Victory Over COVID-19
By now, everyone knows the most dire aspects of the COVID-19 pandemic: countries and states continue to experience new cases and deaths. News warns us that when the flu season hits in the fall, COVID-19 cases and deaths will surge. But most news outlets neglect to tell us of successes. (Knowing that humans evolved to pay attention to fear, these news outlets sell more bad news.) Caution has its place, but when it fails to give the full story, it misleads and causes unnecessary fear. Focusing on negative statistics is a necessary, but not sufficient, part of finding a solution. Other essential parts of the solution are 1) focusing on what works; 2) viewing this pandemic in context; 3) realistic data; 4) avoiding distracting information and 5) action that works.
Celebrating Past Successes Inspires Future Solutions
Celebrating victories opens our minds to optimal solutions. These victories remind us that soon, humanity will prevail against the Coronavirus as we have against other pandemics. Many countries, after months of battling this virus, have experienced huge drop-offs in deaths and cases. What have they done right? And how can we replicate this?
When we look at the past 100 years, we see death rates due to infectious disease falling dramatically around the world. In 1900 in the US, the top three killers were infectious diseases. Today, the top killers are heart disease, cancer, and stroke, which kill at later ages, allowing people more years of life. In the not so distant past, murderous microbes killed many children who never got to celebrate their fifth birthday. Deadly bacteria and viruses killed many women as they were giving birth. Few were immune to the ravages of these invisible killers. The Coronavirus, so far, has killed fewer than 50 per 100,000. This is a huge success! And over 90% of these deaths occur in people who would not have been alive 50 years ago, namely those with preexisting conditions, most of whom are over the age of 70.
Evolution Informing Us
Thanks to our understanding of how viruses and immune systems evolve, we have gained victories against infectious disease. Armed with this knowledge, we have been able to bolster our immunity and avoid infections. We now practice physical distancing, disinfection, and hand-washing to prevent the transmission of disease. We know that eating nutritious food and healthy exercise contribute to healthy immune function. We also know that stress profoundly suppresses the immune system. We know that animals evolved system of “fight or flight” to channel energy into fight or flight. A byproduct is the suppression of immune systems. Knowing this, we can practice stress reduction to enhance our immune function. Enjoying friendships, laughter, gratitude, and cultivating a hopeful vision for the future all reduce stress. In other words, celebrating enhances immune function.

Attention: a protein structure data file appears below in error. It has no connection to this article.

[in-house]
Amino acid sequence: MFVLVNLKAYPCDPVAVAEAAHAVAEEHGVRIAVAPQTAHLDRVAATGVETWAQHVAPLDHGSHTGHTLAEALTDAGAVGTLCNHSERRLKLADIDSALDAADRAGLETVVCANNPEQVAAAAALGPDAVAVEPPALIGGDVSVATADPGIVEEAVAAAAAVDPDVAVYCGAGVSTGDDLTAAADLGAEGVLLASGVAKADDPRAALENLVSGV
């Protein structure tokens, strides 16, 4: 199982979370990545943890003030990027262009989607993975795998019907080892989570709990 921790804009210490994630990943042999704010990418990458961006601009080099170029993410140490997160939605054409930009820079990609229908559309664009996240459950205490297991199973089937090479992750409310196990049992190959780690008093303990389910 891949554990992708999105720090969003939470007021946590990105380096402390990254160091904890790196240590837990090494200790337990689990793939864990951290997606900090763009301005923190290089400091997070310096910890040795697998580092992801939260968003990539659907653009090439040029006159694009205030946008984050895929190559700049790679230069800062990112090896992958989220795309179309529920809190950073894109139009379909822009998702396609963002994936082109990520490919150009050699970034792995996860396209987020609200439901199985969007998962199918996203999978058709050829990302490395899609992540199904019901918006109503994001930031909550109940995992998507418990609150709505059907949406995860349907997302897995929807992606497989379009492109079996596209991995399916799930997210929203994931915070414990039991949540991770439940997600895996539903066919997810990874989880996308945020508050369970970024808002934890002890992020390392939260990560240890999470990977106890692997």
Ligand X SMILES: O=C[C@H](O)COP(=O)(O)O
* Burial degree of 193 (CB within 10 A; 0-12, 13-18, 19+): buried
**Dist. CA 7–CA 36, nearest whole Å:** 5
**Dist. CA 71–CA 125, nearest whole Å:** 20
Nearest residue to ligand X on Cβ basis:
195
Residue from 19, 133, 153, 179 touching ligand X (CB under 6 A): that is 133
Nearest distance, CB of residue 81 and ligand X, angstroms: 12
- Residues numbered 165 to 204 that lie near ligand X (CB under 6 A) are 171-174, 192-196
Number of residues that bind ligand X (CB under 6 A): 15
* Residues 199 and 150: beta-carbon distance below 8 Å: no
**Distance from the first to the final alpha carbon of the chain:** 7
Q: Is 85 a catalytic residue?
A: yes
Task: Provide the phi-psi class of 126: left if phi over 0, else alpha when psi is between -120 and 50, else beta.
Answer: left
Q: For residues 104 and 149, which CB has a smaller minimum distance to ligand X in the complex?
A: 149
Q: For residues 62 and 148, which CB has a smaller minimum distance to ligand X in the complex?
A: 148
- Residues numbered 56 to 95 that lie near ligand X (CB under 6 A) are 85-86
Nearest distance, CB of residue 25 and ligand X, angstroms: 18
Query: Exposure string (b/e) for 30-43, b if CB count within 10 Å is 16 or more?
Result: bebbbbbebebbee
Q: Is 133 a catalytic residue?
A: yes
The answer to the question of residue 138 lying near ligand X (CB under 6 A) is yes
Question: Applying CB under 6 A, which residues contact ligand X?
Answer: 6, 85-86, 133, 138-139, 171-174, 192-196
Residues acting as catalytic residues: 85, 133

Useful, Actionable Information
Victory over infectious disease has been made possible with useful, actionable information.
At right are links to information that will help inform your actions.
Data about Covid19 replicates almost as quickly as the virus, leaving us with a glut of data and a shortage of understanding.
That said, there is much useful data which now tells clearer stories of what is going on. This information can guide us going forward.
- Deaths by Country – per 100,000 people. Data from Johns Hopkins.
- Deaths by Age – What age groups are most vulnerable to the Coronavirus and need the most protection?
- Daily Deaths by Country – What can the experience of other countries tell us about the future of Coronavirus in our country?
- Cost of Shutdown – Shutting down the economy, restricting school attendance, and limiting social gatherings may limit the spread of COVID-19. What is the cost? How do we balance protecting people from COVID-19 while protecting others from death, despair and economic ruin?
Too much data distracts. Since this pandemic began, we’ve been deluged with data. Paradoxically, this data can distract us from understanding what is really going on. Distraction prevents or delays good decisions.
Words with multiple meanings are distracting. Case in point is “case”. For some people, “case” means “sick with COVID-19”. For other people, “case” means “testing positive using PCR” whether or not one shows symptoms or not.
So, in the service of maximizing usefulness, I present data that is clear. At this point, death data is clearer than case data. Yet even data about deaths is confusing because of the way deaths are recorded. For example, sometimes deaths are recorded when people die with the coronavirus, even if the virus didn’t kill them.
Evolution In Action
The Coronavirus is not the only thing that’s evolving during this pandemic. Human immune systems evolve when they confront new viruses. Technologies evolve to track, to inform, and to treat people. Human behavior evolves to avoid the virus. Cultures evolve. What we are learning from this pandemic is helping us prevent and treat CovID-19 and future death and disease.
With over 60 million tests for COVID-19 (as of early August, 2020), the United States leads the world in tracking this deadly virus, Tracking this pandemic is giving humanity one of the greatest data sets on infectious diseases and the evolution of viruses. This empowers us to understand the evolution of viruses in a whole new way.
While the world has not yet prevailed against the coronavirus, the many victories offer hope that victory is near.